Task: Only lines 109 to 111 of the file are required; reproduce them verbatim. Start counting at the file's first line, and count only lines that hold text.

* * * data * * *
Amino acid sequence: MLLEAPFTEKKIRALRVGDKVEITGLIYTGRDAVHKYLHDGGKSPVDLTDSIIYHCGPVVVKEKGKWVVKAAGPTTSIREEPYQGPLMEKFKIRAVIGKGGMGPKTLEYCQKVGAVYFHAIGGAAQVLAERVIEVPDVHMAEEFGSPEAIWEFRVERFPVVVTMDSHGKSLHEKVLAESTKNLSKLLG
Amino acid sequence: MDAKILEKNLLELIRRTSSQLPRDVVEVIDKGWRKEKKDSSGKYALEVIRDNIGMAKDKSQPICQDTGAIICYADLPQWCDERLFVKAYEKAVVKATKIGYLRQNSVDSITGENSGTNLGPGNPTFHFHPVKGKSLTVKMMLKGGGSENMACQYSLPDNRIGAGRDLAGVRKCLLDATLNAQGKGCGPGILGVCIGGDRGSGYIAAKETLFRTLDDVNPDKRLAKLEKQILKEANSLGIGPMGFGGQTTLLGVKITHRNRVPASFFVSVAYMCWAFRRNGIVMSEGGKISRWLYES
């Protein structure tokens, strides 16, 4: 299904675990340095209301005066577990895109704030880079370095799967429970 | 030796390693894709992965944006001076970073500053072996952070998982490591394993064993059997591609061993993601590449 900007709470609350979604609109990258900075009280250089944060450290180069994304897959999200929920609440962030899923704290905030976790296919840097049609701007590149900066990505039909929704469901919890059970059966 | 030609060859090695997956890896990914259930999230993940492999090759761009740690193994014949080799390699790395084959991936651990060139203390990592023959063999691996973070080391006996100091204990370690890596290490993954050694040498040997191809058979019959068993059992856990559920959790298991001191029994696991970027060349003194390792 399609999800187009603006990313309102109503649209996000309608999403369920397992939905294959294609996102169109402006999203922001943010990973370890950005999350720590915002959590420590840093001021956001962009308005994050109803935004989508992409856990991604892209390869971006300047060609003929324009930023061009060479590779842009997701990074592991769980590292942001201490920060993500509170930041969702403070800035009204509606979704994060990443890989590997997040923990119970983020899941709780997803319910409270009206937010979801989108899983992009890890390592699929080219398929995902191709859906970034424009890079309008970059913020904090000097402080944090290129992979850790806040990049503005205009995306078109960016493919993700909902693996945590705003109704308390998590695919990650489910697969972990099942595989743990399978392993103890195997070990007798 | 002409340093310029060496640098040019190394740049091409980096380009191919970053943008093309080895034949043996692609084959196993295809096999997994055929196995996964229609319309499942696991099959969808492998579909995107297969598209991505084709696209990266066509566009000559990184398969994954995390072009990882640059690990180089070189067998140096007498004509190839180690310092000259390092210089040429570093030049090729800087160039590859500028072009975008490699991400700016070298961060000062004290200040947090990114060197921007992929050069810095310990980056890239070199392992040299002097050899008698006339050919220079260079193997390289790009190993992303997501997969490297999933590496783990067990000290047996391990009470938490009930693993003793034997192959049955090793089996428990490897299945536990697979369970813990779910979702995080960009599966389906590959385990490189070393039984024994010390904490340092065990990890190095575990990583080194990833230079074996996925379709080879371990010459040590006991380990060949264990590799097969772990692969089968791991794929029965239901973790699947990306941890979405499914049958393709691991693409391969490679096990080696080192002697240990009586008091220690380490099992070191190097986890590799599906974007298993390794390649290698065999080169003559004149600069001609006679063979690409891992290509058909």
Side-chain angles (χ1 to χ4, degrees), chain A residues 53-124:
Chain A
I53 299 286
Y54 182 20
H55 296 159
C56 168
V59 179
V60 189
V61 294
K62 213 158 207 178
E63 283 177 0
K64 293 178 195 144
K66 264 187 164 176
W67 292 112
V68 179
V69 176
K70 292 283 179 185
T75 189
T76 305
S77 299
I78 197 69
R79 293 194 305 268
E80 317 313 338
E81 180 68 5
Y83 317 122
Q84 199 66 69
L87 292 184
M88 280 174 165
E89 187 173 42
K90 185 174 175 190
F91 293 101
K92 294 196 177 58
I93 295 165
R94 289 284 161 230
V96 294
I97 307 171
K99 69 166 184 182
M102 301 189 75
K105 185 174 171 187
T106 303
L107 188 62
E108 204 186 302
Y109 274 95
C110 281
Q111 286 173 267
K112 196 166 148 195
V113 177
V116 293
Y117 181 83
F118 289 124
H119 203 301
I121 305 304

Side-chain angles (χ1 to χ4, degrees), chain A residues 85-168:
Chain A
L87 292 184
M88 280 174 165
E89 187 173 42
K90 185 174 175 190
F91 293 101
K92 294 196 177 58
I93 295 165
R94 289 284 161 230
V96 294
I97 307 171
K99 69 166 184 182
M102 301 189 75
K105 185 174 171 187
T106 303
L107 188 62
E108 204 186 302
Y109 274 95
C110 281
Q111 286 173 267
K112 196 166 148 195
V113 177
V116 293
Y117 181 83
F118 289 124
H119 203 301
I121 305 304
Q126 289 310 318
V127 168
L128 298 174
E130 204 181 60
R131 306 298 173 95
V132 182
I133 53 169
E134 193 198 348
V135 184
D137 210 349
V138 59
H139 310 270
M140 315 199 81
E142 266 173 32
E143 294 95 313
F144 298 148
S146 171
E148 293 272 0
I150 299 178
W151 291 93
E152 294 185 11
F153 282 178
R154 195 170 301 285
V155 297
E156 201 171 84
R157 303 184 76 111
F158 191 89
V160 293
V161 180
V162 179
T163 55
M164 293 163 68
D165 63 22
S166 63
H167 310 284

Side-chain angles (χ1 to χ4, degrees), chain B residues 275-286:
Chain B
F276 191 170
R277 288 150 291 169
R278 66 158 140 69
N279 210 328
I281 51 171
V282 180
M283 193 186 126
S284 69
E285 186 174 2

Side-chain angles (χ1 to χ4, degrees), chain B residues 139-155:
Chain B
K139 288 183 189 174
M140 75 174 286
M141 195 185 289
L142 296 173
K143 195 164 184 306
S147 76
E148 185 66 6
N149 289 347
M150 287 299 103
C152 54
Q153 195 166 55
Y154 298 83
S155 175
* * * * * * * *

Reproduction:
R157 303 184 76 111
F158 191 89
V160 293